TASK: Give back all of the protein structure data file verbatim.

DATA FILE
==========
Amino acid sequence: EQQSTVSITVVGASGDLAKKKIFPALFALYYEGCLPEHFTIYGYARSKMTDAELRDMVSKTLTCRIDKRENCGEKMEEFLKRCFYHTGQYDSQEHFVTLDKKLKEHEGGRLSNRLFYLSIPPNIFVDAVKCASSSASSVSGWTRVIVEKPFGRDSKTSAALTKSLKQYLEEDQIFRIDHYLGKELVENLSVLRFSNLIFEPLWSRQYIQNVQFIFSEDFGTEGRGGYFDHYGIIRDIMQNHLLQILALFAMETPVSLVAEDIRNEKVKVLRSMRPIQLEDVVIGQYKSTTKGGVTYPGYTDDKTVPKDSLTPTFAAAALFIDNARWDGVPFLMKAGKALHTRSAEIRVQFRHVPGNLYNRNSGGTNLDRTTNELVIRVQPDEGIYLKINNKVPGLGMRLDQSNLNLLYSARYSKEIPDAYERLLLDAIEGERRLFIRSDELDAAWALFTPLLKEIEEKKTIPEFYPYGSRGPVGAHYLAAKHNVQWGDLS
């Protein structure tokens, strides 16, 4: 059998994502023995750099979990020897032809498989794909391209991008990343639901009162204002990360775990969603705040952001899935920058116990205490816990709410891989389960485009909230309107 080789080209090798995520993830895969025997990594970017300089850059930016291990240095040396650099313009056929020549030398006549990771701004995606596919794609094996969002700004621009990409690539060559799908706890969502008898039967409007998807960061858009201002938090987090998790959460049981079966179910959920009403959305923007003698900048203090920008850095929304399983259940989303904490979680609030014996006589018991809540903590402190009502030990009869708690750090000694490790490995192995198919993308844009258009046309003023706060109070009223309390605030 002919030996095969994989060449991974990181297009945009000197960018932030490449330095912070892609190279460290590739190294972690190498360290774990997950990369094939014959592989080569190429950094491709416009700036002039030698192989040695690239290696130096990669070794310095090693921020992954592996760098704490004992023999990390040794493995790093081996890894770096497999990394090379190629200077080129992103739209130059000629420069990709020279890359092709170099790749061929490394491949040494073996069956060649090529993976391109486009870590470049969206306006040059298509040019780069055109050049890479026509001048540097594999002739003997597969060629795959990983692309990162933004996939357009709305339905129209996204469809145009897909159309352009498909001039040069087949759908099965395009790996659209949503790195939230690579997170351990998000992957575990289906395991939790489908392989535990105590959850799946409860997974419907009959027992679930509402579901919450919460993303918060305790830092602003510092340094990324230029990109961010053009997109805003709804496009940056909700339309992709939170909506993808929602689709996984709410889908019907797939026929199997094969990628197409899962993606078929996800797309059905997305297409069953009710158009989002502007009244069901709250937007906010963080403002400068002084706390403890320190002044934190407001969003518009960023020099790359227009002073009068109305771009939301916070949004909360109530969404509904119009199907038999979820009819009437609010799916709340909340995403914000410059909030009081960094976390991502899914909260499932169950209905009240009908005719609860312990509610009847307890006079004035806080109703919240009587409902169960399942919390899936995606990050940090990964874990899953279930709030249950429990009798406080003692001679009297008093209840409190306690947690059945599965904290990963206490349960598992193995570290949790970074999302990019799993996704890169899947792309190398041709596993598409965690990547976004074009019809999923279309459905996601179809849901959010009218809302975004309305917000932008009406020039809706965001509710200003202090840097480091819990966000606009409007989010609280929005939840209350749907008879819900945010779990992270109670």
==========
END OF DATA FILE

Amino acid sequence: EQQSTVSITVVGASGDLAKKKIFPALFALYYEGCLPEHFTIYGYARSKMTDAELRDMVSKTLTCRIDKRENCGEKMEEFLKRCFYHTGQYDSQEHFVTLDKKLKEHEGGRLSNRLFYLSIPPNIFVDAVKCASSSASSVSGWTRVIVEKPFGRDSKTSAALTKSLKQYLEEDQIFRIDHYLGKELVENLSVLRFSNLIFEPLWSRQYIQNVQFIFSEDFGTEGRGGYFDHYGIIRDIMQNHLLQILALFAMETPVSLVAEDIRNEKVKVLRSMRPIQLEDVVIGQYKSTTKGGVTYPGYTDDKTVPKDSLTPTFAAAALFIDNARWDGVPFLMKAGKALHTRSAEIRVQFRHVPGNLYNRNSGGTNLDRTTNELVIRVQPDEGIYLKINNKVPGLGMRLDQSNLNLLYSARYSKEIPDAYERLLLDAIEGERRLFIRSDELDAAWALFTPLLKEIEEKKTIPEFYPYGSRGPVGAHYLAAKHNVQWGDLS
């Protein structure tokens, strides 16, 4: 059998994502023995750099979990020897032809498989794909391209991008990343639901009162204002990360775990969603705040952001899935920058116990205490816990709410891989389960485009909230309107 080789080209090798995520993830895969025997990594970017300089850059930016291990240095040396650099313009056929020549030398006549990771701004995606596919794609094996969002700004621009990409690539060559799908706890969502008898039967409007998807960061858009201002938090987090998790959460049981079966179910959920009403959305923007003698900048203090920008850095929304399983259940989303904490979680609030014996006589018991809540903590402190009502030990009869708690750090000694490790490995192995198919993308844009258009046309003023706060109070009223309390605030 002919030996095969994989060449991974990181297009945009000197960018932030490449330095912070892609190279460290590739190294972690190498360290774990997950990369094939014959592989080569190429950094491709416009700036002039030698192989040695690239290696130096990669070794310095090693921020992954592996760098704490004992023999990390040794493995790093081996890894770096497999990394090379190629200077080129992103739209130059000629420069990709020279890359092709170099790749061929490394491949040494073996069956060649090529993976391109486009870590470049969206306006040059298509040019780069055109050049890479026509001048540097594999002739003997597969060629795959990983692309990162933004996939357009709305339905129209996204469809145009897909159309352009498909001039040069087949759908099965395009790996659209949503790195939230690579997170351990998000992957575990289906395991939790489908392989535990105590959850799946409860997974419907009959027992679930509402579901919450919460993303918060305790830092602003510092340094990324230029990109961010053009997109805003709804496009940056909700339309992709939170909506993808929602689709996984709410889908019907797939026929199997094969990628197409899962993606078929996800797309059905997305297409069953009710158009989002502007009244069901709250937007906010963080403002400068002084706390403890320190002044934190407001969003518009960023020099790359227009002073009068109305771009939301916070949004909360109530969404509904119009199907038999979820009819009437609010799916709340909340995403914000410059909030009081960094976390991502899914909260499932169950209905009240009908005719609860312990509610009847307890006079004035806080109703919240009587409902169960399942919390899936995606990050940090990964874990899953279930709030249950429990009798406080003692001679009297008093209840409190306690947690059945599965904290990963206490349960598992193995570290949790970074999302990019799993996704890169899947792309190398041709596993598409965690990547976004074009019809999923279309459905996601179809849901959010009218809302975004309305917000932008009406020039809706965001509710200003202090840097480091819990966000606009409007989010609280929005939840209350749907008879819900945010779990992270109670």